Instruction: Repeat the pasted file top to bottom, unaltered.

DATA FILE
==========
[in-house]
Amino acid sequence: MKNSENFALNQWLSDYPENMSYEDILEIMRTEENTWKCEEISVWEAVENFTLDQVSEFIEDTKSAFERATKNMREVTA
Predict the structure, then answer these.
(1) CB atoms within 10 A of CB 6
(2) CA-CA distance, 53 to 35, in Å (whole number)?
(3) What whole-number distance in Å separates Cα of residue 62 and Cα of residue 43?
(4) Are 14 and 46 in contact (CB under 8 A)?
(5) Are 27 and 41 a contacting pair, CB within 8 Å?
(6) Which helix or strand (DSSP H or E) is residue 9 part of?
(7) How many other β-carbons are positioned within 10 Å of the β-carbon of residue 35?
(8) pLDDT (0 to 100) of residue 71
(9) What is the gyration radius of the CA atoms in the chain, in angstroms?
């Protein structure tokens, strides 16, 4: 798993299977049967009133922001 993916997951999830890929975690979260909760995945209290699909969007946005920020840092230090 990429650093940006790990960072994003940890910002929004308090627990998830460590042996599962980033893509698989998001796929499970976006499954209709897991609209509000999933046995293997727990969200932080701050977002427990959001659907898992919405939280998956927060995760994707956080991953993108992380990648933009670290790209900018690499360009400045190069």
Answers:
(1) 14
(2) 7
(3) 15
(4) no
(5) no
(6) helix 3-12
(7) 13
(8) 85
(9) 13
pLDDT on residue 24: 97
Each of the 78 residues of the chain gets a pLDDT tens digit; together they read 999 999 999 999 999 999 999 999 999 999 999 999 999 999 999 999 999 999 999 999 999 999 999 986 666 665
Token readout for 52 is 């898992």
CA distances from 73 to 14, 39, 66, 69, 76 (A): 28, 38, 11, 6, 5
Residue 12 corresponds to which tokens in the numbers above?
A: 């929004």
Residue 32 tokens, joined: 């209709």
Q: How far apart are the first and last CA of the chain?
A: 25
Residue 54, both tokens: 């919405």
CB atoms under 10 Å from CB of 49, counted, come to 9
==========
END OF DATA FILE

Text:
[in-house]
Amino acid sequence: MKNSENFALNQWLSDYPENMSYEDILEIMRTEENTWKCEEISVWEAVENFTLDQVSEFIEDTKSAFERATKNMREVTA
Predict the structure, then answer these.
(1) CB atoms within 10 A of CB 6
(2) CA-CA distance, 53 to 35, in Å (whole number)?
(3) What whole-number distance in Å separates Cα of residue 62 and Cα of residue 43?
(4) Are 14 and 46 in contact (CB under 8 A)?
(5) Are 27 and 41 a contacting pair, CB within 8 Å?
(6) Which helix or strand (DSSP H or E) is residue 9 part of?
(7) How many other β-carbons are positioned within 10 Å of the β-carbon of residue 35?
(8) pLDDT (0 to 100) of residue 71
(9) What is the gyration radius of the CA atoms in the chain, in angstroms?
């Protein structure tokens, strides 16, 4: 798993299977049967009133922001 993916997951999830890929975690979260909760995945209290699909969007946005920020840092230090 990429650093940006790990960072994003940890910002929004308090627990998830460590042996599962980033893509698989998001796929499970976006499954209709897991609209509000999933046995293997727990969200932080701050977002427990959001659907898992919405939280998956927060995760994707956080991953993108992380990648933009670290790209900018690499360009400045190069």
Answers:
(1) 14
(2) 7
(3) 15
(4) no
(5) no
(6) helix 3-12
(7) 13
(8) 85
(9) 13
pLDDT on residue 24: 97
Each of the 78 residues of the chain gets a pLDDT tens digit; together they read 999 999 999 999 999 999 999 999 999 999 999 999 999 999 999 999 999 999 999 999 999 999 999 986 666 665
Token readout for 52 is 């898992």
CA distances from 73 to 14, 39, 66, 69, 76 (A): 28, 38, 11, 6, 5
Residue 12 corresponds to which tokens in the numbers above?
A: 């929004």
Residue 32 tokens, joined: 């209709």
Q: How far apart are the first and last CA of the chain?
A: 25
Residue 54, both tokens: 């919405």
CB atoms under 10 Å from CB of 49, counted, come to 9